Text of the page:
Just a little care early after transplanting will allow the tree to thrive as well as survive.
As you may have noticed, we are experiencing a signifigant amount of rain this spring. Although the moisture is great for the trees, it can be a chore to get into finished sod sites to plant trees without damaging finished sod.
We have invested in a great machine to help us plant trees in situations like this. The Terex with a turf edition track was originally developed by ASV. The advantage of this machine is it is only 5 ft wide and has smooth rubber tracks 18 inched wide. With this equipment we are able to get into tighter spots, planting evergreen trees up to 12ft tall or shade trees up to 5 inch diameter.
Even though today is the last day of spring, Arbor Hill Tree Farm has thousands of trees ready for planting. Come out and take a look.
Colorado Spruce Tree with winter burn Spring of 2014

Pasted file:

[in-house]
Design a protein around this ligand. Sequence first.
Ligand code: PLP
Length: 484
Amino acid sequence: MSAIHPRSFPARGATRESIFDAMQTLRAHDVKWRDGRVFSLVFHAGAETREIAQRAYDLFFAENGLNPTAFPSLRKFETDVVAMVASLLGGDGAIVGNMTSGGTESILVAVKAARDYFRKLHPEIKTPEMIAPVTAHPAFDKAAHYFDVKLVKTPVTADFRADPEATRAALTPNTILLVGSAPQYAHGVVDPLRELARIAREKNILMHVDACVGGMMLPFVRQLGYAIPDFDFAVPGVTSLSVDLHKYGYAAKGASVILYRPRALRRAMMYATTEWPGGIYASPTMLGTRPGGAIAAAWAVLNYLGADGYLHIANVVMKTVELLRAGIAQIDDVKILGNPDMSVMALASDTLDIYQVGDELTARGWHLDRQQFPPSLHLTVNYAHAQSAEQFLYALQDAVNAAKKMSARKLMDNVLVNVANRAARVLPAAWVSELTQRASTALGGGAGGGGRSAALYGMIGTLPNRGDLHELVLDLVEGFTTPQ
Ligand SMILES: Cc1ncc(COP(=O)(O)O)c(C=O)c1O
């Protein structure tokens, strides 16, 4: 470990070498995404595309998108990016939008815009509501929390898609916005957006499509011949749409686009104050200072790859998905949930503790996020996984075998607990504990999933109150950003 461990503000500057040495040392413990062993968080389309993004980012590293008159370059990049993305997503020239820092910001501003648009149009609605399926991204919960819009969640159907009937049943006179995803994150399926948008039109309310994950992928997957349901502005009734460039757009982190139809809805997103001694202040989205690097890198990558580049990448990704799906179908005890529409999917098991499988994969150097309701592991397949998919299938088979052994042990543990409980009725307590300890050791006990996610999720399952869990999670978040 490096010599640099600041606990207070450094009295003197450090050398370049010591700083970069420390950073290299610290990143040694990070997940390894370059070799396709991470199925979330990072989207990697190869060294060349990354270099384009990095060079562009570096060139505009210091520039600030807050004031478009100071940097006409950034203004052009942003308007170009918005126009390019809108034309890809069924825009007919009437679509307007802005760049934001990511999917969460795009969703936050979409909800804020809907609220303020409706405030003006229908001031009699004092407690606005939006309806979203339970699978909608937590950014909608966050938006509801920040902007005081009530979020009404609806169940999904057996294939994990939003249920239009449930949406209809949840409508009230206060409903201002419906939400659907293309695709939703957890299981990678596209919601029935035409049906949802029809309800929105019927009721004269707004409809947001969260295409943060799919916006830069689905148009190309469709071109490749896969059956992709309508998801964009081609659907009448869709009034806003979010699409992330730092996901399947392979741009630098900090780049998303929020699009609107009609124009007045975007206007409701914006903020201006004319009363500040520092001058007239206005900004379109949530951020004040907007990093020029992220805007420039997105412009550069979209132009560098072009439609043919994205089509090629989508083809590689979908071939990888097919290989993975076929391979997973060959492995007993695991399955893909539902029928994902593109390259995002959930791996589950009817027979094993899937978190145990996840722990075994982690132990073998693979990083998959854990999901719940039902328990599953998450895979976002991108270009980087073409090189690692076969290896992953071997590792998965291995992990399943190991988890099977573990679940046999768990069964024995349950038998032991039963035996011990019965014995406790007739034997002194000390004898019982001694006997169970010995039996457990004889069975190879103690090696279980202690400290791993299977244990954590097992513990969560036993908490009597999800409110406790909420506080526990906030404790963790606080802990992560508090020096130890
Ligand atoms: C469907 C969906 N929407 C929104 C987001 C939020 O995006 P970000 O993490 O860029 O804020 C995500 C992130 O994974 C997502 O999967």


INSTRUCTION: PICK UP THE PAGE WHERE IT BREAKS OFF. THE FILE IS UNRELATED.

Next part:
Now that the snow melt is almost complete, I have been walking through the fields getting ready for Spring digging. One thing that is very evident on some trees is the toll a harsh winter can take on evergreen trees. What the picture is showing is called Winter Burn. Basically what has happened is the long cold winter, strong wind & sunlight has been harsh enough to dry out some outer needles, causing the needles to turn brown. The degree of browning of the needles varies on each tree. Some factors that affect how severe the winter burn is on each tree are species of tree, location of the tree on your lot & how much moisture was in the ground around the tree when the ground froze.The good news is as the new growth comes on in the Spring, the brown needles will fall off and the tree will get its true, beautiful color again. To try to avoid a severe winter burn in the future for evergreen trees in your landscape do these 2 preventative measures. Fertilize your evergreens with a fertilizer specifically made for acid loving plants during the spring & early summer. Follow label directions. Also make sure you thoroughly water evergreens in late fall. Evergreens take in moisture all winter. This should help reduce or eliminate winter burn.